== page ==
Interfaith Now
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Interfaith Now

Why Beauty is a Spiritual Necessity

Photo by Saffu on Unsplash


If you were to ask me why I dwell among green mountains,
I should laugh silently; my soul is serene.
The peach blossom follows the moving water,
There is another heaven and earth beyond the words of men.

Love never lets go. It tugs at us, as if there’s a bit in the mouth, calling us to finish our dream life and tend to Paradise — the understanding there’s another world more vital and fulfilling which contains the waters of life we need to quench our secret thirst.

Li Po’s poem is all about that attending, a recognition of beauty, of nature, as he says, of another heaven & earth.

But while we are so focused on our own heaven, our own earth — our careers, self-image & reputation, our frantic need to keep busy, even our precious children — we miss it.

You can tell by the poem, it is patient, always present, & the gift of free will & the curse of the top-heavy mind is that we have all the time in the world; not in this one but that one.

For how can consciousness, that which is never born & never dies, be concerned? It has forever to wait for us to explore all the facets of mortal life, revolving as Victim-Persecutor-Rescuer, until we finally get off the ride.

‘Do not get bored of peace,’ says the great sage Nisargadatta — for we do — and he knew it — until we don’t anymore, until it is peace & beauty we wish for more than anything. It has to get down to the wire.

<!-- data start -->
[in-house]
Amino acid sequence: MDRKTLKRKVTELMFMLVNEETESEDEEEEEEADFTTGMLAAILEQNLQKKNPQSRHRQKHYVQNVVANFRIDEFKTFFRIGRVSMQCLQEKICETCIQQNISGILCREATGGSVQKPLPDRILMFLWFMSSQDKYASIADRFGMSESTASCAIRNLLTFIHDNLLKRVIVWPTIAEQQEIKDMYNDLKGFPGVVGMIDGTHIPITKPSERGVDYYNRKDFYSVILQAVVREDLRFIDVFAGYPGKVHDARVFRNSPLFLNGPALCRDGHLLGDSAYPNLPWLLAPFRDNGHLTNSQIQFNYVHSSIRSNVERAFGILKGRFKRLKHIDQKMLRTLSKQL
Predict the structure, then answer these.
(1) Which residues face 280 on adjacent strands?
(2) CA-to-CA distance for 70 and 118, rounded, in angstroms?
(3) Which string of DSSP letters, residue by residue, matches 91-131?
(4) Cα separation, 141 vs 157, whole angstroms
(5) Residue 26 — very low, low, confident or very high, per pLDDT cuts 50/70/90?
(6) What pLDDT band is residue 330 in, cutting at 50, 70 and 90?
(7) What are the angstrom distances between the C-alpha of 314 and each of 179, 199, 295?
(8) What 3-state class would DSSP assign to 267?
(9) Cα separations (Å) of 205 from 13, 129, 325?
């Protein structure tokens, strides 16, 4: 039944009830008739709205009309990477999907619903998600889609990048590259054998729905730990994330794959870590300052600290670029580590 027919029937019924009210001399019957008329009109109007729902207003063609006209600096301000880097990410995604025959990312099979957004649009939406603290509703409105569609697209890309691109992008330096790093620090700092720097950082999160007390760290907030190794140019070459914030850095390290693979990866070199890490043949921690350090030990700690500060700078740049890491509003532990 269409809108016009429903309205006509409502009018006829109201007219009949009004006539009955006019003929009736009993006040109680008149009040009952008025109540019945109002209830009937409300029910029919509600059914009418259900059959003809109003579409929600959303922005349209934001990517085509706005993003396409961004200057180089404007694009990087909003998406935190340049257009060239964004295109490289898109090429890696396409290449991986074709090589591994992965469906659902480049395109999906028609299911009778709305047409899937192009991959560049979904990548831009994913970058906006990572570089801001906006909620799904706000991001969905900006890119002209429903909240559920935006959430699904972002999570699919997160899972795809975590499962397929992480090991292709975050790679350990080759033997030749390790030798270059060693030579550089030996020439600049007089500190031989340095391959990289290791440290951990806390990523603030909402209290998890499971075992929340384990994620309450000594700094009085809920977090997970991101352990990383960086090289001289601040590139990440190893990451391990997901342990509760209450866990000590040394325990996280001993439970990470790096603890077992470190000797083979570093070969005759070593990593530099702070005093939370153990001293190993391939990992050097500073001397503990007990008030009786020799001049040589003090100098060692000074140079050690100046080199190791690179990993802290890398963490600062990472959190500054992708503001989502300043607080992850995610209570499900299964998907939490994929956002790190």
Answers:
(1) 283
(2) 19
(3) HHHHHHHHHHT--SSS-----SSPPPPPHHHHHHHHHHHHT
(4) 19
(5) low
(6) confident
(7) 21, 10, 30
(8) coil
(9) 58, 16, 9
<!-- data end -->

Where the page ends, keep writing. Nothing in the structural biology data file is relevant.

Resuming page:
In stepping outside of time — through prayer, therapy or dream work, journaling and creativity — we open ourselves to inspiration making a home for divine messengers who have been waiting to get through all along, like some alien species telling humanity to wake up.

In this way, we can build a bridge or a funnel between our world & the next; we can become transmitters of messages not just to ourselves but to a world in desperate need whose inner eye is blinded.

What renders us blind to a greater universe both within ourselves and outside? Thinking, which we term ego, really just a stream of thought that impresses upon us our own seriousness, our need to conquer and climb like Capricorn’s thorny goat.

But it is not quite as simple as thinking, rather it’s the adoption of conditioning & concepts that we fail to question which really imprisons us, bolting the door so fiercely we devalue ideas that run counter to our own dream & easily defend the indefensible.

The Ancients knew the value of beauty that can throw a spear piercing the mind & startling those lost in their own thinking & conceptions, just like Li Po’s poem.

It is not up to us to work it all out even though that is what science demands; that we lead from the head. Yet without wisdom, without container & context, we are just ants imagining we are kings of the world.

To allow yourself to be penetrated is scary; it’s why most people prefer the rational to the numinous, the peer-reviewed from the deep knowing of the intuitive.